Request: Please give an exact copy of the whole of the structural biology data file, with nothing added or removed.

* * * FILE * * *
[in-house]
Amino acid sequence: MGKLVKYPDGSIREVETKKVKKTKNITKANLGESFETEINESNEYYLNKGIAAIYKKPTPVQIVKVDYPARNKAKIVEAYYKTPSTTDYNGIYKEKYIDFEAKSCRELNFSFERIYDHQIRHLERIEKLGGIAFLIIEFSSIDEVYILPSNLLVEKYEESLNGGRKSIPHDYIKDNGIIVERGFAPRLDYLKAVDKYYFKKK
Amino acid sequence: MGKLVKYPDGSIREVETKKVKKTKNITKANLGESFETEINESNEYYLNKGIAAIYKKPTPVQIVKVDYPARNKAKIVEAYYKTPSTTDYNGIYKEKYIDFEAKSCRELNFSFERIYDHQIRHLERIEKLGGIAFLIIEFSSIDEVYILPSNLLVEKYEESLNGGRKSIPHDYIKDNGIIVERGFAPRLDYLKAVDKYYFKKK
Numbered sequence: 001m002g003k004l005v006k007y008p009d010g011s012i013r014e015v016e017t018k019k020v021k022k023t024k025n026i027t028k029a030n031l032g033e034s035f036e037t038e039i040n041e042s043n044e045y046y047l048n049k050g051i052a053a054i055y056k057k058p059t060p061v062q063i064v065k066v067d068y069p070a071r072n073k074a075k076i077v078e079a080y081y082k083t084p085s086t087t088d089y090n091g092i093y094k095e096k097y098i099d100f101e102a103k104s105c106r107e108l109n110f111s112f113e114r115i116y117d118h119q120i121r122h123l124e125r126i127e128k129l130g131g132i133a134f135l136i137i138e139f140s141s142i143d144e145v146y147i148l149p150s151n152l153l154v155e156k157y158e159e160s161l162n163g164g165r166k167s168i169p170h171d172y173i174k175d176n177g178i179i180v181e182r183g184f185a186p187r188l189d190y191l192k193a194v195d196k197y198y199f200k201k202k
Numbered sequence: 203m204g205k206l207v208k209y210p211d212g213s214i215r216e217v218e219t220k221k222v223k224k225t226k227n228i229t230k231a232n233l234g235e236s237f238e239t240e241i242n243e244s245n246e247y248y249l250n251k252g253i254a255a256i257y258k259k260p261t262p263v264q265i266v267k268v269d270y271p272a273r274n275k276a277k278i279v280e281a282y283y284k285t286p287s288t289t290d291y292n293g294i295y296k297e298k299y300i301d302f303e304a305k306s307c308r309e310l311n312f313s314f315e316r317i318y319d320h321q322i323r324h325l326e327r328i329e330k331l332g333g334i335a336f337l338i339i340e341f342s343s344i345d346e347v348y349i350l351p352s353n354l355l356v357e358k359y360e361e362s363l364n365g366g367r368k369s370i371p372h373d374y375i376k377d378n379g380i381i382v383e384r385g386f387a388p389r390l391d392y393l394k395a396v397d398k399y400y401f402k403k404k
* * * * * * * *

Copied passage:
[in-house]
Amino acid sequence: MGKLVKYPDGSIREVETKKVKKTKNITKANLGESFETEINESNEYYLNKGIAAIYKKPTPVQIVKVDYPARNKAKIVEAYYKTPSTTDYNGIYKEKYIDFEAKSCRELNFSFERIYDHQIRHLERIEKLGGIAFLIIEFSSIDEVYILPSNLLVEKYEESLNGGRKSIPHDYIKDNGIIVERGFAPRLDYLKAVDKYYFKKK
Amino acid sequence: MGKLVKYPDGSIREVETKKVKKTKNITKANLGESFETEINESNEYYLNKGIAAIYKKPTPVQIVKVDYPARNKAKIVEAYYKTPSTTDYNGIYKEKYIDFEAKSCRELNFSFERIYDHQIRHLERIEKLGGIAFLIIEFSSIDEVYILPSNLLVEKYEESLNGGRKSIPHDYIKDNGIIVERGFAPRLDYLKAVDKYYFKKK
Numbered sequence: 001m002g003k004l005v006k007y008p009d010g011s012i013r014e015v016e017t018k019k020v021k022k023t024k025n026i027t028k029a030n031l032g033e034s035f036e037t038e039i040n041e042s043n044e045y046y047l048n049k050g051i052a053a054i055y056k057k058p059t060p061v062q063i064v065k066v067d068y069p070a071r072n073k074a075k076i077v078e079a080y081y082k083t084p085s086t087t088d089y090n091g092i093y094k095e096k097y098i099d100f101e102a103k104s105c106r107e108l109n110f111s112f113e114r115i116y117d118h119q120i121r122h123l124e125r126i127e128k129l130g131g132i133a134f135l136i137i138e139f140s141s142i143d144e145v146y147i148l149p150s151n152l153l154v155e156k157y158e159e160s161l162n163g164g165r166k167s168i169p170h171d172y173i174k175d176n177g178i179i180v181e182r183g184f185a186p187r188l189d190y191l192k193a194v195d196k197y198y199f200k201k202k
Numbered sequence: 203m204g205k206l207v208k209y210p211d212g213s214i215r216e217v218e219t220k221k222v223k224k225t226k227n228i229t230k231a232n233l234g235e236s237f238e239t240e241i242n243e244s245n246e247y248y249l250n251k252g253i254a255a256i257y258k259k260p261t262p263v264q265i266v267k268v269d270y271p272a273r274n275k276a277k278i279v280e281a282y283y284k285t286p287s288t289t290d291y292n293g294i295y296k297e298k299y300i301d302f303e304a305k306s307c308r309e310l311n312f313s314f315e316r317i318y319d320h321q322i323r324h325l326e327r328i329e330k331l332g333g334i335a336f337l338i339i340e341f342s343s344i345d346e347v348y349i350l351p352s353n354l355l356v357e358k359y360e361e362s363l364n365g366g367r368k369s370i371p372h373d374y375i376k377d378n379g380i381i382v383e384r385g386f387a388p389r390l391d392y393l394k395a396v397d398k399y400y401f402k403k404k